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The broad-based major European indices tumbled more than 3% in a broad market sell-off in Thursday trading. Analysts attributed the plunge in market prices to concerns over global economic growth, rising interest rates, and a US-China trade war, according to BBC News. Fears of a US-China trade war were heightened by news of the arrest of Chinese telecommunications giant Huwei's CFO in Canada.

In economic news, the European Council Thursday agreed on its general approach on the establishment of a European Labor Authority (ELA). It said the aim of the new body is to support EU member countries in implementing EU legislation in the areas of cross-border labor mobility and social security coordination. This includes free movement of workers, posting of workers, and highly mobile services. The Council has proposed that the title "European Labor Agency" should be used in place of "European Labor Authority."

"The ELA will help employees and employers to deal more easily with complex aspects of cross-border labor mobility," said Beate Hartinger-Klein, federal minister of Labor, Social Affairs, Health and Consumer Protection of Austria. "It will also help national administrations to better coordinate the application of the Union legislation."

Meanwhile, the European Court of Auditors reported that reduced investment in transport infrastructure has held back the modernization of the EU's transport network. The auditors found the EU had made progress in infrastructure development and the opening of the internal transport market, but warn the EU needs to address key challenges on the road toward improved mobility within the Union. This includes matching objectives and priorities with resources, better planning, infrastructure maintenance, effective enforcement, shifting goods traffic off roads, and ensuring EU added value.

"The EU and the member states have made progress in developing infrastructure, but still need to put yet more efforts in addressing the known and future challenges facing the transport sector," said Ladislav Balko, the member of the European Court of Auditors responsible for the review. "The reduced investment in transport infrastructure has held back the modernization of the EU's transport network, with average investment levels well below what is needed."

In Germany, the Federal Statistical Office (Destatis) reported that price-adjusted new orders in manufacturing had increased a seasonally and calendar adjusted 0.3% in October from the previous month. For September, revision of the preliminary outcome resulted in an increase of 0.1% compared with August. Price-adjusted new orders without major orders in manufacturing had increased in October a seasonally and calendar adjusted 0.3% from the previous month.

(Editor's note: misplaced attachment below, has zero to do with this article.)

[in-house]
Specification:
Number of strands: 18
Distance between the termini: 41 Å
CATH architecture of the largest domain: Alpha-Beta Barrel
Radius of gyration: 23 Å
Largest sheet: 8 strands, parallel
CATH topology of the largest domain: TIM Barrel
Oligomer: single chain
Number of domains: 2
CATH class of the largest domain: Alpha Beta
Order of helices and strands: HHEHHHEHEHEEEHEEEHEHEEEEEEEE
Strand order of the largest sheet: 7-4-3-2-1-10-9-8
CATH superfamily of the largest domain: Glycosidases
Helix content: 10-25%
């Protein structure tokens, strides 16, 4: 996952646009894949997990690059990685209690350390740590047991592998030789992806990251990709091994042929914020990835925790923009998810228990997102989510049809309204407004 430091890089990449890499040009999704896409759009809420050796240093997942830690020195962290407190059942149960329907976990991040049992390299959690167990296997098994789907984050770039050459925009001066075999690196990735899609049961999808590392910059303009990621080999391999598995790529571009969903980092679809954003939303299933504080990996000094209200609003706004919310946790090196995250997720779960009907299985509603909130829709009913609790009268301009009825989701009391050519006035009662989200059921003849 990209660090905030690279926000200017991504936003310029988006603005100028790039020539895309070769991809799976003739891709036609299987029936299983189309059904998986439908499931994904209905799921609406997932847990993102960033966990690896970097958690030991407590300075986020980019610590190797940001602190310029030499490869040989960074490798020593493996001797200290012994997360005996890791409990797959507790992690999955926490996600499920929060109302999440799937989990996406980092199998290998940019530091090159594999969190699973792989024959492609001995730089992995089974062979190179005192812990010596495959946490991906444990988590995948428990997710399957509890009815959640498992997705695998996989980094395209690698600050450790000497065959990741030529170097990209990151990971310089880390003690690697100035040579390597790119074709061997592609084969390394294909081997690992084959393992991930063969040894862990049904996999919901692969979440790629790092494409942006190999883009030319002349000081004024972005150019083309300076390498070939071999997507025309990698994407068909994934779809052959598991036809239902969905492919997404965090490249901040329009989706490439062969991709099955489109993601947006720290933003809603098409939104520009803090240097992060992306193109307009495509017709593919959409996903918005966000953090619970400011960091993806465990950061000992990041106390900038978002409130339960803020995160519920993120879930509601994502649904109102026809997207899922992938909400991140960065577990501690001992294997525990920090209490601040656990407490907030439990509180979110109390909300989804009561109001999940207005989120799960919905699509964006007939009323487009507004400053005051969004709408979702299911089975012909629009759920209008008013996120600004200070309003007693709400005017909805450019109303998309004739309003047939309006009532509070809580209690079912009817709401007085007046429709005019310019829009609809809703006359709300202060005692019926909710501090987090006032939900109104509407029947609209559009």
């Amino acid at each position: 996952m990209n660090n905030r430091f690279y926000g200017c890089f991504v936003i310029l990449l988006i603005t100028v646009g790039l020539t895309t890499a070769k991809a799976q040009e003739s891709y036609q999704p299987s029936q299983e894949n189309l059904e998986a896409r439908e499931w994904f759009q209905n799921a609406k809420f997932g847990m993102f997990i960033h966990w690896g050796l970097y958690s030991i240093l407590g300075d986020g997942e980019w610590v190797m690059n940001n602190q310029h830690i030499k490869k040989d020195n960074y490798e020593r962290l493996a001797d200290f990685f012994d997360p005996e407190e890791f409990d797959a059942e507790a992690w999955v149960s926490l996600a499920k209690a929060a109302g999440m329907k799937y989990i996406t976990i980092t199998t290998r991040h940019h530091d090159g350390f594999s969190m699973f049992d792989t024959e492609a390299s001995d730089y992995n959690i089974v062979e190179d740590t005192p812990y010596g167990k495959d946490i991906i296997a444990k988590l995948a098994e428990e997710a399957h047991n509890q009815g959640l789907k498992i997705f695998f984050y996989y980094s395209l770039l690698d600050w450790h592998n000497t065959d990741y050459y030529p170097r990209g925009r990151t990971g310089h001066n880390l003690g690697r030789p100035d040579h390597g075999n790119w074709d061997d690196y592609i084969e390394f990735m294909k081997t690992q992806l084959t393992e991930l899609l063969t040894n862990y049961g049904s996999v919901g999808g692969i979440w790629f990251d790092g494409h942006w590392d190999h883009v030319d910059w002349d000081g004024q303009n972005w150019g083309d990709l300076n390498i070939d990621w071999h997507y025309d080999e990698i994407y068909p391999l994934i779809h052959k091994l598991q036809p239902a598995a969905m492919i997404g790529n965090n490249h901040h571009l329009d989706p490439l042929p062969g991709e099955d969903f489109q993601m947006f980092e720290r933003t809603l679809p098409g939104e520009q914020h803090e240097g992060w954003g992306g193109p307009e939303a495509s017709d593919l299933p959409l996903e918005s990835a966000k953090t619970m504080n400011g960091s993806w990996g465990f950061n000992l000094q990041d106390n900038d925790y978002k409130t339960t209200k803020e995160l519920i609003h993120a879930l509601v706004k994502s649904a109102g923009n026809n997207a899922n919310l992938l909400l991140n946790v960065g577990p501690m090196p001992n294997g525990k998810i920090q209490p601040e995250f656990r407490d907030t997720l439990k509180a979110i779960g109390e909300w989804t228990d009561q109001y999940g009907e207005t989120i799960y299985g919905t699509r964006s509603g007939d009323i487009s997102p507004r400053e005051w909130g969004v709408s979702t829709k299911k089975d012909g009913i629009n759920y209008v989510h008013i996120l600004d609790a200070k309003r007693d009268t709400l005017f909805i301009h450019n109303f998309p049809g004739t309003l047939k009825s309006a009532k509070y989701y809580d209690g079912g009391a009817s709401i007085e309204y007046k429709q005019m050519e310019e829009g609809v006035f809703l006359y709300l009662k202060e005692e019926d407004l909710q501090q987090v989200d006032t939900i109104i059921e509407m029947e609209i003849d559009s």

Domestic orders decreased by 3.2% and foreign orders increased by 2.9% in October on the previous month. New orders from the euro area were up 7.3%; new orders from other countries increased 0.3% compared with September. In October the manufacturers of intermediate goods saw new orders rise 0.8% compared with September. The manufacturers of capital goods showed increases of 0.4% from the previous month, and for consumer goods, there was a 1.7% decrease in new orders.

And the latest PMI data showed a return to growth of Germany's construction sector in November, following the first decline in building activity in seven months in October, according to IHS Markit. The seasonally adjusted Germany Construction Purchasing Managers' Index (PMI) rose to 51.3 in November, returning to growth territory [50 and higher] after registering 49.8 in October.

"A further boost to construction order books helped the sector get back on track in November," said Phil Smith, principal economist at IHS Markit. "Output rebounded following a rare decrease in October, with growth centered on the commercial and housing sectors."

In equities, mining company Antofagasta, and insurance firm Prudential led the FTSE sharply lower, falling 7.1% and 6.3% respectively, followed by Schroders, turnaround company Melrose Industries, and DS Smith, which lost 6.1%, 5.9%, and 5.8% respectively. DCC dropped 5.7%, while Scottish Mortgage Investment Trust, online gambling company GVC Holdings, and packing company Mondi each closed 5.6% lower.

In Frankfurt, automaker Daimler, and health care company Fresenius led the decliners on the DAX, falling 6.2% and 5.8% respectively, followed by adhesives manufacturer Covestro, and kidney dialysis company Fresenius Medical Care, which lost 5.6% and 5.2%. Industrial gases company Linde, and pharmaceutical firm Bayer were down 5% and 4.9%, while financial services firm Allianz, and Deusche Bank dropped 4.5% and 4.4% respectively.

In Paris, IT and consulting firm Cap Gemini, and semiconductor company STMicroelectronics led the CAC lower, falling 6.4% and 6%, followed by steel and mining company ArcelorMittal, and oilfield services firm TechnipFMC, which were down 5.9% and 5.7% respectively. Construction company Vinci was off 4.9%, while bank Credit Agricole, and telecommunications, media, and construction conglomerate Bouygues each closed 4.8% lower.

The FTSE lost 3.15%, the DAX fell 3.48%, and the CAC-40 dropped 3.31%.

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